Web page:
Zero-day targeted attacks via boobytrapped Word documents. Microsoft releases temporary fix

Graham Cluley
Graham Cluley
@[email protected]

tiff-170Microsoft has issued a warning to users that malicious hackers have been using a previously unknown zero-day vulnerability to launch targeted attacks against particular computers.

The remote code execution flaw, which has been dubbed CVE-2013-3906, exploits a vulnerability in a Microsoft graphics component.

According to the firm, the attack has been largely spread via boobytrapped Microsoft Word documents, distributed by email, and has largely targeted computers belonging to companies based in the Middle East and South Asia.

By using the social engineering trick of disguising the email as something enticing, victims are being fooled into opening the attached Word document (which has a malformed graphic TIFF image embedded within it) and infecting their PCs.

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Microsoft Office Version Vulnerability
Office 2003 Affected
Office 2007 Affected
Office 2010 Affected only on Windows XP/Windows Server 2003
Office 2013 Not affected

However, it is possible that the same flaw could also be exploited by malicious hackers embedding a malformed TIFF file inside web content, and trick users into viewing it.

FixitIn a security advisory, published today, Microsoft has made available a Fix It tool – a temporary band-aid for the flaw, which it is urging at-risk users to install.

Of course, the hope is that Microsoft releases a proper fix for the vulnerability – and close the door permanently on future attacks exploiting the flaw – as soon as possible.

Microsoft argues that the fact that Office 2010 is only vulnerable on ageing Windows XP and Windows Server 2003 computers is another good argument for users to keep their operating systems up-to-date, and patched. (Regular readers will, no doubt, be aware that Windows XP will no longer receive security updates after April 2014).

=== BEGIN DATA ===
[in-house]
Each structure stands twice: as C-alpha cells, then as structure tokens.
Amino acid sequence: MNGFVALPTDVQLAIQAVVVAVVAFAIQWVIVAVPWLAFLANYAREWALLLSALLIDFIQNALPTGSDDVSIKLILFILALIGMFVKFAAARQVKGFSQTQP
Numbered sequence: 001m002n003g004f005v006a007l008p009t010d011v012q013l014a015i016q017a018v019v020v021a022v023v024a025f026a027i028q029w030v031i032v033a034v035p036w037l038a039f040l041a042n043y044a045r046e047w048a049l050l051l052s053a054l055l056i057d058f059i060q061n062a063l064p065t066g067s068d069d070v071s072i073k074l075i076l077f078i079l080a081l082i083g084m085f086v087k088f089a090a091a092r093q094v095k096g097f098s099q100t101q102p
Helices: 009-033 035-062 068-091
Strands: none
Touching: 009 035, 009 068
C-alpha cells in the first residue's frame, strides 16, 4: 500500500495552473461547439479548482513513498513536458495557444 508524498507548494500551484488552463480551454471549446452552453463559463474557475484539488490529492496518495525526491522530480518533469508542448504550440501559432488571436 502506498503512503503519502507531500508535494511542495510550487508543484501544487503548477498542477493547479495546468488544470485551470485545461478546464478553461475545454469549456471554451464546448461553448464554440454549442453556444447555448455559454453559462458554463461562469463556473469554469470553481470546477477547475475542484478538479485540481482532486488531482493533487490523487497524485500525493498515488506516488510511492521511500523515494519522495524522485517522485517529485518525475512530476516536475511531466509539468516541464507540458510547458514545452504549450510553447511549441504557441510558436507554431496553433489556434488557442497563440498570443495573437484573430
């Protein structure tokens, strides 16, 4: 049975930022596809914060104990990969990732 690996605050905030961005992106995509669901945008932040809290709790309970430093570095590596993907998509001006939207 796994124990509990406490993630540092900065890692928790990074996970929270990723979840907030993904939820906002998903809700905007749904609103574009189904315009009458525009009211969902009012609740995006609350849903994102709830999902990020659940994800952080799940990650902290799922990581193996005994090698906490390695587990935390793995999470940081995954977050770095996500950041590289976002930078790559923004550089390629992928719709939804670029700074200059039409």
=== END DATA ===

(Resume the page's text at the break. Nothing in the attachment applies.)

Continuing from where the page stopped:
It’s worth emphasising that unlike most fixes from Microsoft, the Fix-It tool will not be automatically rolled out to users. If you want to protect your computers from having the flaw exploited, you need to download and run the tool.

And then, like the rest of the internet, you have to hope that Microsoft will roll out a proper and permanent reliable patch for the problem with appropriate haste.

Details of further mitigations and workarounds are detailed in the Microsoft blog post and in an accompanying security advisory.

Further reading: Microsoft zero-day was used in Citadel Trojan campaign, as well as targeted attacks

Graham Cluley is an award-winning keynote speaker who has given presentations around the world about cybersecurity, hackers, and online privacy. A veteran of the computer security industry since the early 1990s, he wrote the first ever version of Dr Solomon's Anti-Virus Toolkit for Windows, makes regular media appearances, and is the co-host of the popular "Smashing Security" podcast. Follow him on Twitter, Mastodon, Threads, Bluesky, or drop him an email.

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